This time however we base our calculations on the Ganong Report given, in the House of Commons in 1935. In Canada the shortage of houses or dwelling units, as they were called, was then rising at the rate of 27,500 a year and had already reached the grand total of 82,000, those principally affected being of course the lowest wage earners.
That briefly means that today at a low estimate we need at least 137,000 houses if slum conditions of overcrowding are to be avoided. Suppose, for the sake of convenience we say that 100,000 residential houses are needed for the low income groups. What will be the cost of each house? It has been calculated that a house fulfilling all the requirements of hygiene etc. for an average sized family need cost no more than $2,500 on a $200 plot of land. Multiplying we get a grand sum of $250,000,000. That, you will admit, is not a bad beginning. In case any of us are inclined to be staggered by the enormity of a sum which is after all but a minimum requirement, we can quickly recover our balance by thinking of the terrible waste of life, through unemployment and crime and ill health and distress of all kinds which that $250,000,000 would in great part off-set.
Nevertheless and in the economic nature of things such humanitarian considerations cannot be entered as ponderable assets in the ledgers of private builders and contractors. Indeed from a strictly commercial point of view, they could only be entered in red ink and underlined as liabilities which would soon put a private building firm out of business. No, the building of commercially profitable homes for the lower income groups demands, first of all, a state subsidy supplemented by provincial and municipal subsidies. I will try to show as cleanly as -possible how this can be arranged and actually accomplished.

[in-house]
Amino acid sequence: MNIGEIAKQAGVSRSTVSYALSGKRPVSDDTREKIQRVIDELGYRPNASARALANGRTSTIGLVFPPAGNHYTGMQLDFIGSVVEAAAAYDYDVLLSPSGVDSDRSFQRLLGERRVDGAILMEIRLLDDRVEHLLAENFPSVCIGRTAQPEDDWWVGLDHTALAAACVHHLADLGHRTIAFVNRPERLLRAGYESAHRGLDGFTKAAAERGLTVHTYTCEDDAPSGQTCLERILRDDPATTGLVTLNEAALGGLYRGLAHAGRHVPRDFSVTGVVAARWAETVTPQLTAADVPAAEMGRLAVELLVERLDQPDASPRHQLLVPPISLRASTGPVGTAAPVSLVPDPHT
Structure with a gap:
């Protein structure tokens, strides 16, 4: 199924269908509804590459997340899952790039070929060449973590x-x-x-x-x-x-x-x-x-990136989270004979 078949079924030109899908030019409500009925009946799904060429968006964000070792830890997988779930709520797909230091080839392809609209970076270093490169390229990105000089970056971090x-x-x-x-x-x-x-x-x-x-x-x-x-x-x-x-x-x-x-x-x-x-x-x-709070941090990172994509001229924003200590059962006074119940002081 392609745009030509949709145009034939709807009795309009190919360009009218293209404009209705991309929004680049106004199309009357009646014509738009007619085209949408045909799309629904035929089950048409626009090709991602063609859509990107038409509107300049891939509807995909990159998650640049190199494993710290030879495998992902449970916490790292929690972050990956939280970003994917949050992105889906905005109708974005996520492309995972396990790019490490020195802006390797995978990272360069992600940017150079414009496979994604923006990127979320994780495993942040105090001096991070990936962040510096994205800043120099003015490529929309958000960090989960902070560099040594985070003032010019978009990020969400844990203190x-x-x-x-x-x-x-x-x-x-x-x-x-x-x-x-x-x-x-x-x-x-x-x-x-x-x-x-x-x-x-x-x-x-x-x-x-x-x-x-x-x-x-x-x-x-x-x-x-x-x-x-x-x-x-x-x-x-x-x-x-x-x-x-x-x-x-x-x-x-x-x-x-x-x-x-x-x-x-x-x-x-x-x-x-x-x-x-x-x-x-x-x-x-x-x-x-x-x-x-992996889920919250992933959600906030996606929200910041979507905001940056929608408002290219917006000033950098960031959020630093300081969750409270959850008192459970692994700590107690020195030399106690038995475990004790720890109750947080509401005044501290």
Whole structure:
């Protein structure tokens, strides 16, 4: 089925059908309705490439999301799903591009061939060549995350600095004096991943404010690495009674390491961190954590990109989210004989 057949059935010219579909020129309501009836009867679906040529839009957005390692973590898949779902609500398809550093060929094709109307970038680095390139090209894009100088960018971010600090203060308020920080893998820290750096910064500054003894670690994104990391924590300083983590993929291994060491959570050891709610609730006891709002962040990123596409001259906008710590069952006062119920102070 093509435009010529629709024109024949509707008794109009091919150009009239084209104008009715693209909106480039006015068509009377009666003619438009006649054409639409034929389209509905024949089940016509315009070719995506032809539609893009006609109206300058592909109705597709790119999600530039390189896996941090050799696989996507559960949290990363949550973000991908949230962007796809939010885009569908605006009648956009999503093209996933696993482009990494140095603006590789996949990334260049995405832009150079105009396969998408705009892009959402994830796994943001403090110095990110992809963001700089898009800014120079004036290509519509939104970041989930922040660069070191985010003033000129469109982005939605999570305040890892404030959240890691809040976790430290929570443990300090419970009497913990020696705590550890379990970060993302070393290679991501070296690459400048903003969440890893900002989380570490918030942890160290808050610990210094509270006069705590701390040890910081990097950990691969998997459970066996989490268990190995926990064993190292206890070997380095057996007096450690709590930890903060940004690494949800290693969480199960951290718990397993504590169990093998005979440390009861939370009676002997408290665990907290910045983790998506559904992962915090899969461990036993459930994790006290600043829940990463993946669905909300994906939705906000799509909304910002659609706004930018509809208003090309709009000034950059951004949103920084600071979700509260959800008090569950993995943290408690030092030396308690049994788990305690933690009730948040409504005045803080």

The economic rent of a $2500 house would be $24 a month. Now the reason why subsidies are absolutely necessary is briefly that the low wage earner can, on an average, pay no more than $15 a month. The difference between that and $24 a month must be met by a State fund to which the Federal, Provincial and Municipal Governments contribute. Once the scale of the contribution is arranged, and not until then, will this necessary Dominion-wide onslaught upon poor housing, slums, and all that is detrimental to us as civilized people, become possible.
Now if the State would contribute as a maximum annual subsidy the sum of $5,000,000 there appears to be no reason why the same amount should not be contributed by Provincial and Municipal Governments together and in co-operation. That would be an annual subsidy of $10,000,000 in all. A $2,500 house can be constructed for an annual subsidy of $100. An annual subsidy of $10; 000,000 would therefore make possible the construction of 100,000 houses. And that number of houses is the minimum requirement to make up our present and increasing housing shortage.
I need only add that if the private builders are to get the greatest commercial benefits from the operations of this scheme, then the building must be on a large scale. Whole blocks of new houses, 100 or 1000 at the same place and at the same time must be erected, anal not costly and sporadic substitution of new houses for old in isolated places at diverse times. Then for the first time in the history of Canada sufficient inducement will be offered a municipal or private housing corporation, to engage in the large scale erection of real homes for low wage earners. They will be assured of economic rents for every building by the tenants' own payments of rent, plus whatever contribution is necessary from the state fund. Can you imagine the vital, healthy stimulus such a scheme would give to employment?
If not, let us turn our attention abruptly away from these figures to some figures contained in a letter sent to me by the Rev. Father McGoey, in reply to a request of mine for information concerning King City on R. R. 1 outside this City of Toronto. You witness here a process of the regeneration of men and women and their families. In 1934 he started with five families, 38 people, on 10 acres of borrowed land. In 1935 these 5 families had 10 acres each and 15 more families were taken through their training year. In, 1936 some 15 families were placed on their 10 acres and 20 more families were taken through this training year. And now for the very meat of the matter. The saving to Toronto taxpayers has been $3,250; to York taxpayers $3,500; and to Federal and Provincial taxpayers $7,500, making a total of $14,250. More important still is the improvement in health conditions of the families, 240 people. In 1937 the maximum that may be necessary to care for them will be $5,000. Compare that with the $30,000 that would be necessary to keep them on relief in the cities.